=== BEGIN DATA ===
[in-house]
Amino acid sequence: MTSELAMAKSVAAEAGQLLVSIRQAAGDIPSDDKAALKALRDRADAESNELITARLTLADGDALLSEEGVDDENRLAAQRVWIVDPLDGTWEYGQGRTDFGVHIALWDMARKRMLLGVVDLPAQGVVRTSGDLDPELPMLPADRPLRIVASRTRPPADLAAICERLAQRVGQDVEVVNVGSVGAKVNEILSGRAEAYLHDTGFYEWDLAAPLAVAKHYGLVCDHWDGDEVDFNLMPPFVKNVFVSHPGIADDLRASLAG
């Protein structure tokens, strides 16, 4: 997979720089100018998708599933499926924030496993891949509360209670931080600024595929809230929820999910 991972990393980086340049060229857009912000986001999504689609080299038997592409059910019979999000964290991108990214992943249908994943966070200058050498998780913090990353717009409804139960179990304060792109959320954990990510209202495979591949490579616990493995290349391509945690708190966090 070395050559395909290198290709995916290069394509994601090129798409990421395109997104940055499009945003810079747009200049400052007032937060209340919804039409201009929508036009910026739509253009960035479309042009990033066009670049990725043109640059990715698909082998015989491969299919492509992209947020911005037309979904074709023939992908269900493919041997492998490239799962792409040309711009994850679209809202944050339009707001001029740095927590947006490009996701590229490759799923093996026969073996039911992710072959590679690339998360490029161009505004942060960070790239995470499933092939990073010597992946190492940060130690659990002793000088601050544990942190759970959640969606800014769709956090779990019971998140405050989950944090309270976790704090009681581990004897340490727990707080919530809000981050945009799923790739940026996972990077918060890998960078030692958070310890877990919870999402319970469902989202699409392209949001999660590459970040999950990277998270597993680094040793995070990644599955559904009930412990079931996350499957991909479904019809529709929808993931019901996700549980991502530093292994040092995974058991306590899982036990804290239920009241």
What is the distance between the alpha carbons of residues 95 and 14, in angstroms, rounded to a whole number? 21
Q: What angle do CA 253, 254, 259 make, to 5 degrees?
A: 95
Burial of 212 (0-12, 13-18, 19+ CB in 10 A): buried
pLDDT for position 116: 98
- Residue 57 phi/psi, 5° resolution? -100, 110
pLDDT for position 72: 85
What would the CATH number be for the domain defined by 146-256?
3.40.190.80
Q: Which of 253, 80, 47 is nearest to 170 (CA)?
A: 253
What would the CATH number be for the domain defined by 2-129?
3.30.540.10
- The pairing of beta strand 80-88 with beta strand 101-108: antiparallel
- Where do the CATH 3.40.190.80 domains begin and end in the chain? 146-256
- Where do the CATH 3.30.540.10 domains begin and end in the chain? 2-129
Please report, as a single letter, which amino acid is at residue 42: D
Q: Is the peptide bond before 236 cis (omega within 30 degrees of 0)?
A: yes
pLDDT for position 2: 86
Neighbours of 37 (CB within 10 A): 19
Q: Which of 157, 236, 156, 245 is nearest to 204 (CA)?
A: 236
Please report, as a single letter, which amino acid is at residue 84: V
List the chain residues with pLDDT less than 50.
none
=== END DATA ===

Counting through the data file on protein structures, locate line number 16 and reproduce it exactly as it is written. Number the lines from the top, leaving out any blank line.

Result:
3.30.540.10